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    German, French

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In his infectiously exuberant new musical, Jérôme Savary takes us on a voyage round the life of percussionist Chano Pozo, who rose to fame playing alongside the American jazz greats.

The show is acted and sung in Spanish, amidst a riot of colour, feathers and sequins, to the rhythm and melody of a carefully-chosen repertoire of Afro-Cuban music (aficionados will recognise Manteca, Cubana Be and Cubana Bop) and the stage is shared by thirty or so Cuban dancers, vocalists and musicians, including the sizzling female dance troupe "Les Mulatresses du Feu".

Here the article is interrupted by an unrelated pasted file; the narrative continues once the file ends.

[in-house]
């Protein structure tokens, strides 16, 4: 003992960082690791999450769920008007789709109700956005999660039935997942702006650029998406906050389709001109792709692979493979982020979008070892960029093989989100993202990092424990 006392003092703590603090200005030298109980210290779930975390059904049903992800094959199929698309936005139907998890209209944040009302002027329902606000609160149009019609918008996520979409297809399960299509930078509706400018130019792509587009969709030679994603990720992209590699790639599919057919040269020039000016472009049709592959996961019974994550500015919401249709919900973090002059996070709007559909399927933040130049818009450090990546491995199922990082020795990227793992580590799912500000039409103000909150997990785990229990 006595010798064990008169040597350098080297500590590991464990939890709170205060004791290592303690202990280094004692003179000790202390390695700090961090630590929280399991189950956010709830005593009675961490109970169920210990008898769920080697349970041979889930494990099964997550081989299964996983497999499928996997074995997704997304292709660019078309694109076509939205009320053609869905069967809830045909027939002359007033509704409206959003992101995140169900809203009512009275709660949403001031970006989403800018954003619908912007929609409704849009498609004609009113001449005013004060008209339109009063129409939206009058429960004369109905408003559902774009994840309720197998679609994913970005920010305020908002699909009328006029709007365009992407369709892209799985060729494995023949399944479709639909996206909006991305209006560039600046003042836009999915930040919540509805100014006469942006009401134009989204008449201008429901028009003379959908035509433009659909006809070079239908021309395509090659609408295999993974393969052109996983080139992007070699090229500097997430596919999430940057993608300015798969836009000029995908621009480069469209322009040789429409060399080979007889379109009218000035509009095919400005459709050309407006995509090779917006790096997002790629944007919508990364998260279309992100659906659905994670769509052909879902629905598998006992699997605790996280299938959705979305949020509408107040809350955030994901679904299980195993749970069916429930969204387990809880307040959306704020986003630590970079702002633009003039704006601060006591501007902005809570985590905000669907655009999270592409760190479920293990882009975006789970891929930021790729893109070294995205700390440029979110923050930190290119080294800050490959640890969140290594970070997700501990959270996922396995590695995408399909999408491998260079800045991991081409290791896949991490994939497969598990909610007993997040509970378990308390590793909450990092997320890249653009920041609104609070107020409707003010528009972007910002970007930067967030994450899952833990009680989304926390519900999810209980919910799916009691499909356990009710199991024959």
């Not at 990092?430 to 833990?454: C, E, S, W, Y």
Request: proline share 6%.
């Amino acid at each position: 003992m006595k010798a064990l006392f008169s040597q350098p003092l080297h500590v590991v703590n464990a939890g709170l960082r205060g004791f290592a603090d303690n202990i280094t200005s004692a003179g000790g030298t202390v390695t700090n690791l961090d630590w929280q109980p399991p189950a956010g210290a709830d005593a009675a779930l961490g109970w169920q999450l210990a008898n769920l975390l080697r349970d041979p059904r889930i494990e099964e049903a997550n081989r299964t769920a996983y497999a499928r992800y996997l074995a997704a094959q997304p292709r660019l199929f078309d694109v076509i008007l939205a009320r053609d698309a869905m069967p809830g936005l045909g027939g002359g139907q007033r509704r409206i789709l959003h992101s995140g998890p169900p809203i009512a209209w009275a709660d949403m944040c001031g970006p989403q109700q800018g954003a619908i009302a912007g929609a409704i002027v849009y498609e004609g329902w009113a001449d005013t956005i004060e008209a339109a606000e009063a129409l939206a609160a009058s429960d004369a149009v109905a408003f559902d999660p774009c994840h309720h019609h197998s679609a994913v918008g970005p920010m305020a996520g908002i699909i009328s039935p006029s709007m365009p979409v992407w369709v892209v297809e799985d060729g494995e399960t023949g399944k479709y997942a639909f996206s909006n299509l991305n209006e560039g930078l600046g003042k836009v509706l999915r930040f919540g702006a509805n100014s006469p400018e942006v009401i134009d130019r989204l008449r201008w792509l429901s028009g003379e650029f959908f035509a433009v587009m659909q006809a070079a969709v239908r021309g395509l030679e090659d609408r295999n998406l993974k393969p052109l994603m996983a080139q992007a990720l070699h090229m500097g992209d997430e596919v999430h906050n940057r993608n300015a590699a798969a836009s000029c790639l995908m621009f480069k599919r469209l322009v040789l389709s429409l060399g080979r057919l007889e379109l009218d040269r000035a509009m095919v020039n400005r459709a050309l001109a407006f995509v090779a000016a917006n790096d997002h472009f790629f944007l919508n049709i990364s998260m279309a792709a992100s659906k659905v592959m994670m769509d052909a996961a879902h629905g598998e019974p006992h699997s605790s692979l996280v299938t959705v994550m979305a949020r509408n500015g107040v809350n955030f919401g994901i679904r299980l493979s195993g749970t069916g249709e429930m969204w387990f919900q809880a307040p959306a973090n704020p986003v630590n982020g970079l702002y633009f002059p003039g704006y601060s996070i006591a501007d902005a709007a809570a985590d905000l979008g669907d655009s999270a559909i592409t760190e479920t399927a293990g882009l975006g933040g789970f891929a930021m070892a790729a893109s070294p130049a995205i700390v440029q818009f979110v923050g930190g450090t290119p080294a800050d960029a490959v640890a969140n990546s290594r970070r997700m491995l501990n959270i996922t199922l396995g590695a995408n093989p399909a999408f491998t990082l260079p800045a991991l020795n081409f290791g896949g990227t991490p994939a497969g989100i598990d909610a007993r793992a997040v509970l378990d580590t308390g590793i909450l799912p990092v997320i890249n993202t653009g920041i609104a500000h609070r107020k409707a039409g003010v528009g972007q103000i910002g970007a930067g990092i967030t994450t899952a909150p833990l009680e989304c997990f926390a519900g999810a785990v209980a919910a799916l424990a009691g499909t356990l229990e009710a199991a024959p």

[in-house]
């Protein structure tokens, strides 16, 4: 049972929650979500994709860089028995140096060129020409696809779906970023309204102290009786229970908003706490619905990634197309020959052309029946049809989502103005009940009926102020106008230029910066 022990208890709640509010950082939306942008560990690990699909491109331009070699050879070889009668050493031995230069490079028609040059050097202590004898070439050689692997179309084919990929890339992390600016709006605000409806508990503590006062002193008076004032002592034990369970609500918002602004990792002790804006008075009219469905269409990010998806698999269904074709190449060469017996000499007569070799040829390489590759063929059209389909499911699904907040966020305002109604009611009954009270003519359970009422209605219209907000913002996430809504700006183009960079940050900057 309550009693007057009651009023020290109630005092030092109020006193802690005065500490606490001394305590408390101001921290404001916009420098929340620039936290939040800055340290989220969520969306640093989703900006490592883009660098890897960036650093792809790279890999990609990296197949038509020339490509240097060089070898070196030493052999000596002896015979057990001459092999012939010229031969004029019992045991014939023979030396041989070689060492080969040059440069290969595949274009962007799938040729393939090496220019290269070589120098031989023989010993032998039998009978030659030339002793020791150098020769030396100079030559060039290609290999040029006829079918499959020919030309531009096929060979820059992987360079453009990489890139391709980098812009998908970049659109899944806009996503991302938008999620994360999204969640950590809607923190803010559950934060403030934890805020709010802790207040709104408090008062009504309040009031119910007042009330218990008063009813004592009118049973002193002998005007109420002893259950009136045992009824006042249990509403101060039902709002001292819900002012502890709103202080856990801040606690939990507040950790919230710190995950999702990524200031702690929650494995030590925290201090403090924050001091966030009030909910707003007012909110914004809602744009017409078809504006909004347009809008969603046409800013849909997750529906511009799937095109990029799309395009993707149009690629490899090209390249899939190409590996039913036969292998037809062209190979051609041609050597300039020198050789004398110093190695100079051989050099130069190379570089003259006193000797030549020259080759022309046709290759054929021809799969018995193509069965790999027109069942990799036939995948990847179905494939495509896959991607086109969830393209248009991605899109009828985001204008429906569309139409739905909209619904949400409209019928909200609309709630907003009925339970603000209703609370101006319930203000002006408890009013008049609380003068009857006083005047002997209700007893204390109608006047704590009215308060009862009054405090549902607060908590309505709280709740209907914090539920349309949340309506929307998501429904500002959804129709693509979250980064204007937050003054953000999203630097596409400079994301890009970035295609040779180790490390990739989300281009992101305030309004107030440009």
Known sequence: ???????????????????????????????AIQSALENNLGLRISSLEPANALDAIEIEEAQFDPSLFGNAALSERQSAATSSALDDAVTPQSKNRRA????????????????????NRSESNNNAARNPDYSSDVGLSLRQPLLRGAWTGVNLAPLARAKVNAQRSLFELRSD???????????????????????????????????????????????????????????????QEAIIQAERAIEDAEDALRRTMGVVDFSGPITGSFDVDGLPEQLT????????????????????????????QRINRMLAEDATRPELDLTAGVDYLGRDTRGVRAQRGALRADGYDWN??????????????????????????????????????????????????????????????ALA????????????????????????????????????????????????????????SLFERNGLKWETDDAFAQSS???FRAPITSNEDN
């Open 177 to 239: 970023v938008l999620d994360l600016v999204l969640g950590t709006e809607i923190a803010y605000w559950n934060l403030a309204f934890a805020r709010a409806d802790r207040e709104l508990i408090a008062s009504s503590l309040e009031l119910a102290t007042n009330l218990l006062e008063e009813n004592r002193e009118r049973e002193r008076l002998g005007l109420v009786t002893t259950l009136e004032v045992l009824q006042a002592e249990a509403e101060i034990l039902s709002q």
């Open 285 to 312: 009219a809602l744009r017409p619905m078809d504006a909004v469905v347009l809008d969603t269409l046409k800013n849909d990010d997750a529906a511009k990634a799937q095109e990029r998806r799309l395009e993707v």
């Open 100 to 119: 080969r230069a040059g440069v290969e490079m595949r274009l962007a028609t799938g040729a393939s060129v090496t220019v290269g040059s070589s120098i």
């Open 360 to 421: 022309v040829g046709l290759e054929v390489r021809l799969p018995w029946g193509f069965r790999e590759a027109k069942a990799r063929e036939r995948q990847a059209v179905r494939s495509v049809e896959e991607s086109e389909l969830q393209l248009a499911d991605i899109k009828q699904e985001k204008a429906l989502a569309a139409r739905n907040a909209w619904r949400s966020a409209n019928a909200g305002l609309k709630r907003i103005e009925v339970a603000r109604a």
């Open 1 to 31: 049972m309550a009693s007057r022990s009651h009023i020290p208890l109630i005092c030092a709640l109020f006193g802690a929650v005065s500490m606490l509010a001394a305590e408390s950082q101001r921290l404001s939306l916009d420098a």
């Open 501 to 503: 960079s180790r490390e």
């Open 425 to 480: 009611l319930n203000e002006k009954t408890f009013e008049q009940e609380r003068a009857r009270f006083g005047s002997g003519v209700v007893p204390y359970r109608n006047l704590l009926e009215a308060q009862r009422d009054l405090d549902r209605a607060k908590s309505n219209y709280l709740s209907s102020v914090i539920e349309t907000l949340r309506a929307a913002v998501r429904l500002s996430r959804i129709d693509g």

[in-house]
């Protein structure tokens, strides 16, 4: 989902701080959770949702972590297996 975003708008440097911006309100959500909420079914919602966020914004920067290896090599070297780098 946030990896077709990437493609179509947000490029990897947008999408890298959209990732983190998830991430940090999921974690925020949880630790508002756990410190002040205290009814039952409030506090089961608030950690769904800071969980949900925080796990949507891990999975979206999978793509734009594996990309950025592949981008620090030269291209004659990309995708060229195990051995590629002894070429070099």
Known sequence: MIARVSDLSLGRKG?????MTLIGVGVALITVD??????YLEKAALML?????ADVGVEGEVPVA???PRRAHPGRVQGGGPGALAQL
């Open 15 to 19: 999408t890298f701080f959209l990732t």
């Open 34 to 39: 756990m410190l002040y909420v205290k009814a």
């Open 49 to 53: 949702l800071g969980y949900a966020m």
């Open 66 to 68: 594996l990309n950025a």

The narrative revolves around a black American saxophonist who turns out to be Charlie Parker's grandson (played by Allen Hoist). He travels to Havana to try and recapture Chano's spirit, to "feel the vibe". Through the people he encounters, Chano gradually comes alive again. In a series of six colourful tableaux, we watch him play and dance and finally lament his death. The script takes a leap in time here, a stitch in space there - shifting from present-day Havana to 1940s' Cuba and Harlem and back again, with an unexpected detour via a club in deepest Alaska - and the show pounds along at a breakneck pace, thanks to an outstanding collection of musicians including conga-drummer Miguel Anga Diaz, veteran Wilfred Fernando Vicente, alias Chongito, who used to play with Dizzy Gillespie, vocalist Aramis Galindo Sotomayor, and the thoroughly wonderful 86-year-old Juana "La Cubana" Bacallao.